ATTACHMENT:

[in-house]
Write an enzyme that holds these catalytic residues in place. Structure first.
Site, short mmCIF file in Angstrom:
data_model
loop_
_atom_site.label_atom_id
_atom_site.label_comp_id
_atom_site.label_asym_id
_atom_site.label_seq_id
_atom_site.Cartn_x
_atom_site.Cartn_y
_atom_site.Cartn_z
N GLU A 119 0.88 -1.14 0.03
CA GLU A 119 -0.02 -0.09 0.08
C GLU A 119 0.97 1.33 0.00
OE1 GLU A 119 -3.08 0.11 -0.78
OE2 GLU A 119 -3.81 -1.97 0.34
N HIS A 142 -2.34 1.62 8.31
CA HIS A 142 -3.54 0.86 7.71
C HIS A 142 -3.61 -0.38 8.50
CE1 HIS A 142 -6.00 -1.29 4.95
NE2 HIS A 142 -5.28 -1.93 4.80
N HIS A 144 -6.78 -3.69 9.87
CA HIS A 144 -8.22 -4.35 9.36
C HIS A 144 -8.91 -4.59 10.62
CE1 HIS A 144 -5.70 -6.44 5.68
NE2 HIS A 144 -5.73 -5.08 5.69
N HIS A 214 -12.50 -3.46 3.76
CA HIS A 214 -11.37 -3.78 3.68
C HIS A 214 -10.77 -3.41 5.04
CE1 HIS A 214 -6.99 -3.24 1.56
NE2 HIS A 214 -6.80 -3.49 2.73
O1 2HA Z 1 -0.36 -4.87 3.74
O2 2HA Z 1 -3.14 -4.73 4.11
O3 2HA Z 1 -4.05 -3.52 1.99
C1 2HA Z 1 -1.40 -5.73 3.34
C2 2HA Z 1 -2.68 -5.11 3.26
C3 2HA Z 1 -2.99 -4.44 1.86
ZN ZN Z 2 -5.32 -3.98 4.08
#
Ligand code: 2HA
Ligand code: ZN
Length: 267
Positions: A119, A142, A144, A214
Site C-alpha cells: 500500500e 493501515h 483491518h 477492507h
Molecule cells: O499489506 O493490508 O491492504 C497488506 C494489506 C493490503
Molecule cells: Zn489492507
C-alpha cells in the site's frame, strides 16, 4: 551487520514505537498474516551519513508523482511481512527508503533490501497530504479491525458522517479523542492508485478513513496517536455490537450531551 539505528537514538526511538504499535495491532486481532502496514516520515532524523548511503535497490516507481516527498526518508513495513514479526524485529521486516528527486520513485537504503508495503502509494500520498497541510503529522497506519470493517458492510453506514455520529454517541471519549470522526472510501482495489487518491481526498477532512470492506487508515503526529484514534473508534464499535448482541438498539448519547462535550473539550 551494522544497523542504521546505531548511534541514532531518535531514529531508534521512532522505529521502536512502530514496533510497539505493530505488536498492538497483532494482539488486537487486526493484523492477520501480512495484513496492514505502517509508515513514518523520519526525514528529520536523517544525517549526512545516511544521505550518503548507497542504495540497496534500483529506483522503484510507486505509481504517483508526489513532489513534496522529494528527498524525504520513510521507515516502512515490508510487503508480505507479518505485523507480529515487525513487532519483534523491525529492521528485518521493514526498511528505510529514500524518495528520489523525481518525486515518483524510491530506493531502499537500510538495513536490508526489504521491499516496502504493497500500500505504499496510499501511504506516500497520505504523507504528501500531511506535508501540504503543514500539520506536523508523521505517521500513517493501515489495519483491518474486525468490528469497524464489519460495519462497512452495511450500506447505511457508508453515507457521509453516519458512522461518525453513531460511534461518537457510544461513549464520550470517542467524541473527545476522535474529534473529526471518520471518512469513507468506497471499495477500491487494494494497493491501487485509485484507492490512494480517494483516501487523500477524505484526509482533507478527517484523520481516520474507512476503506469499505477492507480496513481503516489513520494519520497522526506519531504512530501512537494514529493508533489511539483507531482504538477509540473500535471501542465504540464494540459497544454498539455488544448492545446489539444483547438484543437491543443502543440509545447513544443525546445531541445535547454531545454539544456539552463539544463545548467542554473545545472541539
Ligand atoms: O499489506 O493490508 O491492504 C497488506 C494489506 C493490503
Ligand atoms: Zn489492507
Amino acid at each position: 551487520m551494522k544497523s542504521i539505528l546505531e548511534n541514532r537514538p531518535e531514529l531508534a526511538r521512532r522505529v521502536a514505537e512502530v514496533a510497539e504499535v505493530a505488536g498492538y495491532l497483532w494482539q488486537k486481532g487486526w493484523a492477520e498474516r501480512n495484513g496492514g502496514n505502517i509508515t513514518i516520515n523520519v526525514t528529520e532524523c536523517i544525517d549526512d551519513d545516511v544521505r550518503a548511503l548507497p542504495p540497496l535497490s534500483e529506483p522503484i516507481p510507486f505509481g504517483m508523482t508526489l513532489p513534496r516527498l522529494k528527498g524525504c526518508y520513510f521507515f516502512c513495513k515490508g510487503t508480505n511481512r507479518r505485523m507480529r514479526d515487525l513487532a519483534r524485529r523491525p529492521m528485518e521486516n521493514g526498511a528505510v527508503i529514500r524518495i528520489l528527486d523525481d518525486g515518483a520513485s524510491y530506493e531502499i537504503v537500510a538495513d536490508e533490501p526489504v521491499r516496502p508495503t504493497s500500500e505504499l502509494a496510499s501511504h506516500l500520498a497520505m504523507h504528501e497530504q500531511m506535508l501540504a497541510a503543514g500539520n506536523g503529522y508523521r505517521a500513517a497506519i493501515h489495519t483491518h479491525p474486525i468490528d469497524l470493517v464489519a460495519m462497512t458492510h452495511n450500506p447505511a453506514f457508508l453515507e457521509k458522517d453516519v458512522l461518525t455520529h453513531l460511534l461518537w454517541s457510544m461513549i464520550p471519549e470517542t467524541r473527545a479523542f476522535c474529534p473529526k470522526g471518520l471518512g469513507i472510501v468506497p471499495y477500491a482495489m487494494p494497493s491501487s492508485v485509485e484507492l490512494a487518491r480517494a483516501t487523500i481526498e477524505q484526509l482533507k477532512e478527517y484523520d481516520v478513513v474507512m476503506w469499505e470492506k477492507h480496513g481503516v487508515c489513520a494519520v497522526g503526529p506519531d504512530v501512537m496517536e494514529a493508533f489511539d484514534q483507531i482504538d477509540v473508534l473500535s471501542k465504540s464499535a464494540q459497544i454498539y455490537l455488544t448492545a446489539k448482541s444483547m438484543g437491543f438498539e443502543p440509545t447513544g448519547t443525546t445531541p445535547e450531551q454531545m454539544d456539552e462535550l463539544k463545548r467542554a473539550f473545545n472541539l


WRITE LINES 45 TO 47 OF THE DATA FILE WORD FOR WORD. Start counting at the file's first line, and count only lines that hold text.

Site C-alpha cells: 500500500e 493501515h 483491518h 477492507h
Molecule cells: O499489506 O493490508 O491492504 C497488506 C494489506 C493490503
Molecule cells: Zn489492507